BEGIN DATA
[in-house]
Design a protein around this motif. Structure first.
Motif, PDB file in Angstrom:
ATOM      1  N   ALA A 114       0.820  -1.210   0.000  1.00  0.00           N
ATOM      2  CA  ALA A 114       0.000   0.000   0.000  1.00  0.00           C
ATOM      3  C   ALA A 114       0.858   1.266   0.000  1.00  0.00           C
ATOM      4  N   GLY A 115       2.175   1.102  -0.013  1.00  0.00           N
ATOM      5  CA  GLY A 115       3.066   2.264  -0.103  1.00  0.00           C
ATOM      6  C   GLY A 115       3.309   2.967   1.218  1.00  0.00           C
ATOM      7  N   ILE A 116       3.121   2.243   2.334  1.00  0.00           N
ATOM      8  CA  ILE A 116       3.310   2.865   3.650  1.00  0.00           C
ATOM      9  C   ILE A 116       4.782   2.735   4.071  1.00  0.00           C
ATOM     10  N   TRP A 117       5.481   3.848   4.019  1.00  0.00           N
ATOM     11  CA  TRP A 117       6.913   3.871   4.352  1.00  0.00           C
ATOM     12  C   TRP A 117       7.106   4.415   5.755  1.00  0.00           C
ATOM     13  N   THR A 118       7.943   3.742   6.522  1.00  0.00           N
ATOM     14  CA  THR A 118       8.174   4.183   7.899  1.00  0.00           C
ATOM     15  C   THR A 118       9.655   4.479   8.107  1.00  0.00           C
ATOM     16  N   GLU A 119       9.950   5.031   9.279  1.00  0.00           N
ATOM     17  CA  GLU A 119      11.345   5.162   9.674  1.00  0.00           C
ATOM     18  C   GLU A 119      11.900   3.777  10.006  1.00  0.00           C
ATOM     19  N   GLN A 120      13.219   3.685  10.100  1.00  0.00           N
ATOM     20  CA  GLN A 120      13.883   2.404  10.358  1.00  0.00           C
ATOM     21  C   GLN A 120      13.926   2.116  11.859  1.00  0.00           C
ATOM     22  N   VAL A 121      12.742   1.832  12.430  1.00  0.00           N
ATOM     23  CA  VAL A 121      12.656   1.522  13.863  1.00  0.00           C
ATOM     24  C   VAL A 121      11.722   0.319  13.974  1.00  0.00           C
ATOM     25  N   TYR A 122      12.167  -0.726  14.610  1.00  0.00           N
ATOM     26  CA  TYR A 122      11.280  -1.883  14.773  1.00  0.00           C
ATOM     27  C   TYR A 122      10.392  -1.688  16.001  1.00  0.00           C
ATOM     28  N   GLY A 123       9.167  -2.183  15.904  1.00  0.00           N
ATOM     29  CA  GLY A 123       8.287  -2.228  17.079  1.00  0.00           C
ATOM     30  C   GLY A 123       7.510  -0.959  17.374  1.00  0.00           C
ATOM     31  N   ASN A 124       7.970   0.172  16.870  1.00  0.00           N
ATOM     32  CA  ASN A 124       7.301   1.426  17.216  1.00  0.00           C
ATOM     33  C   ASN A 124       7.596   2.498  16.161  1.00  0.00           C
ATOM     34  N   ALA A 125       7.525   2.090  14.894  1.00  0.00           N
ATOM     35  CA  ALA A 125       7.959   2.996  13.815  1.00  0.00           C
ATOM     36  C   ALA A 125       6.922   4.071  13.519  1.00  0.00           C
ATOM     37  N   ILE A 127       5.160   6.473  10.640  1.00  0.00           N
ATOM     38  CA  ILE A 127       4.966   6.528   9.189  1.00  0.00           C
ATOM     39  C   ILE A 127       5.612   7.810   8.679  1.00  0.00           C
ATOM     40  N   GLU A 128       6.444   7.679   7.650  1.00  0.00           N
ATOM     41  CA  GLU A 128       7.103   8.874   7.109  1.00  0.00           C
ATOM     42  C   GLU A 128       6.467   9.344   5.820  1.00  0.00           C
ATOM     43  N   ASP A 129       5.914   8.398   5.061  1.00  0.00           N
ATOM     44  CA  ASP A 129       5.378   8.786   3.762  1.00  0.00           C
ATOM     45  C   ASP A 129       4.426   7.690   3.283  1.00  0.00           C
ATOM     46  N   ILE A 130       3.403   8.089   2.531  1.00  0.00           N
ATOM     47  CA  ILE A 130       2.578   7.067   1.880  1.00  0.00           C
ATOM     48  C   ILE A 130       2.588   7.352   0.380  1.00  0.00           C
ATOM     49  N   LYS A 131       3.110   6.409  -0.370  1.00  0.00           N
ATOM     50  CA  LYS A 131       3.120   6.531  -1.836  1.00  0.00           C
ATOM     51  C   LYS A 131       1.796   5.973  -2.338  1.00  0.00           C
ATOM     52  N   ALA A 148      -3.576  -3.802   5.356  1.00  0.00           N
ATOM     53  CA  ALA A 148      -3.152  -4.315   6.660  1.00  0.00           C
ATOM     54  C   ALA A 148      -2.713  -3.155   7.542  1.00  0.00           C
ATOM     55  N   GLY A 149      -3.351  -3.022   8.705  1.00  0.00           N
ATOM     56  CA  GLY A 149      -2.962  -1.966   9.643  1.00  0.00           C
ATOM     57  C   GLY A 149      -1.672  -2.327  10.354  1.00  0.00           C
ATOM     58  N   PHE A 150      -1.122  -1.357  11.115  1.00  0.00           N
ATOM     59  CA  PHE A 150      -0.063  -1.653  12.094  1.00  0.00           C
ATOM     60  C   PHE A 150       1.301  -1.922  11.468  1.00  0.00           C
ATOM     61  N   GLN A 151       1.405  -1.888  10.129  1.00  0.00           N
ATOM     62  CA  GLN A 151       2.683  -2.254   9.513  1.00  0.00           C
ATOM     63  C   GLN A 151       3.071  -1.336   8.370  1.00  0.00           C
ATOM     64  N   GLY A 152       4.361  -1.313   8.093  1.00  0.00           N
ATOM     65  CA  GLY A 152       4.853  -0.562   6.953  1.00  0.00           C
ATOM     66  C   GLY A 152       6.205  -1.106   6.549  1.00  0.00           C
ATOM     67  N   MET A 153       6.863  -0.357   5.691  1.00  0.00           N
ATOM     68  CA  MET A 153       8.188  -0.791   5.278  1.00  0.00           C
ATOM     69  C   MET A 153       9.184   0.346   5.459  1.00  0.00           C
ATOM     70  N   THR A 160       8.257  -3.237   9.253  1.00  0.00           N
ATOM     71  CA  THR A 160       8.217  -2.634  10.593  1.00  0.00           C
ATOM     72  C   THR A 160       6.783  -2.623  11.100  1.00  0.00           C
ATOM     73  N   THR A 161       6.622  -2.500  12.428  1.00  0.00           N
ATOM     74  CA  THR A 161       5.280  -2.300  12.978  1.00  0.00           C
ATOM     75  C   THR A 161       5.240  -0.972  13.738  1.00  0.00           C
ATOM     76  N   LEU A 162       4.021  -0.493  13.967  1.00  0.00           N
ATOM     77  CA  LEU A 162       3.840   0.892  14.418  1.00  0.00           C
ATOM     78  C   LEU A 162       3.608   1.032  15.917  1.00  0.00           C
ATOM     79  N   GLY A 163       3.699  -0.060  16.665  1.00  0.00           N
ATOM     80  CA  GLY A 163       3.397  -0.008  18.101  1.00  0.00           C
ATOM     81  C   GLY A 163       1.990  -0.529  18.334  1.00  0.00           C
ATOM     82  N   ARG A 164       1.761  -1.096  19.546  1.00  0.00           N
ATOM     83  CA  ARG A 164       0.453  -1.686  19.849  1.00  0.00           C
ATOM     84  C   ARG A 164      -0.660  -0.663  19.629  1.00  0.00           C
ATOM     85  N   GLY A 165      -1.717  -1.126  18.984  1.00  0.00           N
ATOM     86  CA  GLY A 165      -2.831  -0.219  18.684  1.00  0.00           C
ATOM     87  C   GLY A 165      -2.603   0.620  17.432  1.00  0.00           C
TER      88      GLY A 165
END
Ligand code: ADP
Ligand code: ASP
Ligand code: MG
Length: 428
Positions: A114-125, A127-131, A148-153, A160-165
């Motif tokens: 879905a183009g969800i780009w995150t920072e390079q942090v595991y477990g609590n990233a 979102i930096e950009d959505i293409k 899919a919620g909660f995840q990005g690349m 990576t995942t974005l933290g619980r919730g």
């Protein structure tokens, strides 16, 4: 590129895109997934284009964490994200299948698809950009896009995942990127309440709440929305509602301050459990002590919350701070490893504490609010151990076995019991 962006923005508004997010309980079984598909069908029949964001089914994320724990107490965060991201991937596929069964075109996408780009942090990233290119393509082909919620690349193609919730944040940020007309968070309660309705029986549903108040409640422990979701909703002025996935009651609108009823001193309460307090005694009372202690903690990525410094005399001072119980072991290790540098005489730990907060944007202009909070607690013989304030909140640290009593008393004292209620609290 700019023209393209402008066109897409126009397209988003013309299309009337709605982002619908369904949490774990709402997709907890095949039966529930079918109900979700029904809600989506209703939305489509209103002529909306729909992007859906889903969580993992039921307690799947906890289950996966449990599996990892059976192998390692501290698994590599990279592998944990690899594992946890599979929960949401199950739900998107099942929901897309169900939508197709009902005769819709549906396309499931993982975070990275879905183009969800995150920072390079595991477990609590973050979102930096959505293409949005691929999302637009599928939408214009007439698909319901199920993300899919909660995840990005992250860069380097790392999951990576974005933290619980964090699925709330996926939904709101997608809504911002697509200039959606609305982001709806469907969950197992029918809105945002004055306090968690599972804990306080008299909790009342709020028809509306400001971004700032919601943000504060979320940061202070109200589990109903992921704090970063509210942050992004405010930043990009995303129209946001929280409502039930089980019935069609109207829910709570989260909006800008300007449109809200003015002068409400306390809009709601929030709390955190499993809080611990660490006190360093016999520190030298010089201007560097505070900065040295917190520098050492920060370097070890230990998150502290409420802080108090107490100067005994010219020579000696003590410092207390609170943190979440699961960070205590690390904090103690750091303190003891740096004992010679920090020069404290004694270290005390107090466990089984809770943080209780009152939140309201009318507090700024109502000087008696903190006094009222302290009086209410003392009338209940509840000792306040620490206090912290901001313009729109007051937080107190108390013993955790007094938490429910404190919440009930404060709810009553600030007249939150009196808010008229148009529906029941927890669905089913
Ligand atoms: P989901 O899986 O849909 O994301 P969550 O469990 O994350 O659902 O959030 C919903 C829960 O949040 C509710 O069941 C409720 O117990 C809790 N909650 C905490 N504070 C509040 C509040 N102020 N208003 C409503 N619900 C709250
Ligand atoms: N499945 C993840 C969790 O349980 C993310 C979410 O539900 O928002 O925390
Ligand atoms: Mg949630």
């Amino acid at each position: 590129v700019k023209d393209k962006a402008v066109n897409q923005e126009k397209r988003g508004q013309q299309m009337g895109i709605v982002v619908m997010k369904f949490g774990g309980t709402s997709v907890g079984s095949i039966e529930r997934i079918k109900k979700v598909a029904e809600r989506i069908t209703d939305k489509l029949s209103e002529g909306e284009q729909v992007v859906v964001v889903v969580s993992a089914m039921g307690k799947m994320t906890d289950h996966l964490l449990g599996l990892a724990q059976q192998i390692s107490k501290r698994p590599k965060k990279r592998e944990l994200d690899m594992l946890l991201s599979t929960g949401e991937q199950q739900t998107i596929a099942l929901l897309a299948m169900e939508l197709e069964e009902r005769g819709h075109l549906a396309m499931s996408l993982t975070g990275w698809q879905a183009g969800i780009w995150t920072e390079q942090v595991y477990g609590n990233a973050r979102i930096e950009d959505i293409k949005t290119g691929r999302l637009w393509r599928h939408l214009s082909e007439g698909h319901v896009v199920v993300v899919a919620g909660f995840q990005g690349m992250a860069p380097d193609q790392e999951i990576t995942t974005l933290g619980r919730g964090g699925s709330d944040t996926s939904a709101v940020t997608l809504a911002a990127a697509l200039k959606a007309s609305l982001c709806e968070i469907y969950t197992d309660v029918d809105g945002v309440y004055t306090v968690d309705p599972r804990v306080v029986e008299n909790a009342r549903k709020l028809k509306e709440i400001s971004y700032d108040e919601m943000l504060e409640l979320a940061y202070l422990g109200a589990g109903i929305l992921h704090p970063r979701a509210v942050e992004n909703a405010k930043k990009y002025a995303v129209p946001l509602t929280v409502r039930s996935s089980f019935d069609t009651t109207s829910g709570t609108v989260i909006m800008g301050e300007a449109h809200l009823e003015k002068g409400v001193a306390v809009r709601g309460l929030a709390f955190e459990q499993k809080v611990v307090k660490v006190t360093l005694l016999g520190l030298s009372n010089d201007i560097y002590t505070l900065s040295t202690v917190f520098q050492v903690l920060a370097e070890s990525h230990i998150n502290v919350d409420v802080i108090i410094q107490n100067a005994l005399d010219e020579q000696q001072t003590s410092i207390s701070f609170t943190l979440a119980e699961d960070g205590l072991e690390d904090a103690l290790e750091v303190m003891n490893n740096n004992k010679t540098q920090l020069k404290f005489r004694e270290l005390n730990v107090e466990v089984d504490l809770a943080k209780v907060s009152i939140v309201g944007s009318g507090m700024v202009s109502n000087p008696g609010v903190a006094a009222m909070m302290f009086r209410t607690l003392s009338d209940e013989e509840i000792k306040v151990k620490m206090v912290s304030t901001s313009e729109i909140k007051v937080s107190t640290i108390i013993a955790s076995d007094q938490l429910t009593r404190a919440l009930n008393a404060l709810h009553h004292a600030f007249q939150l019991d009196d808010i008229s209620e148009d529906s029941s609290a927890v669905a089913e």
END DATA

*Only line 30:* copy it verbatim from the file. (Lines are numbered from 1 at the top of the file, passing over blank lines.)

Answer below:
ATOM     27  C   TYR A 122      10.392  -1.688  16.001  1.00  0.00           C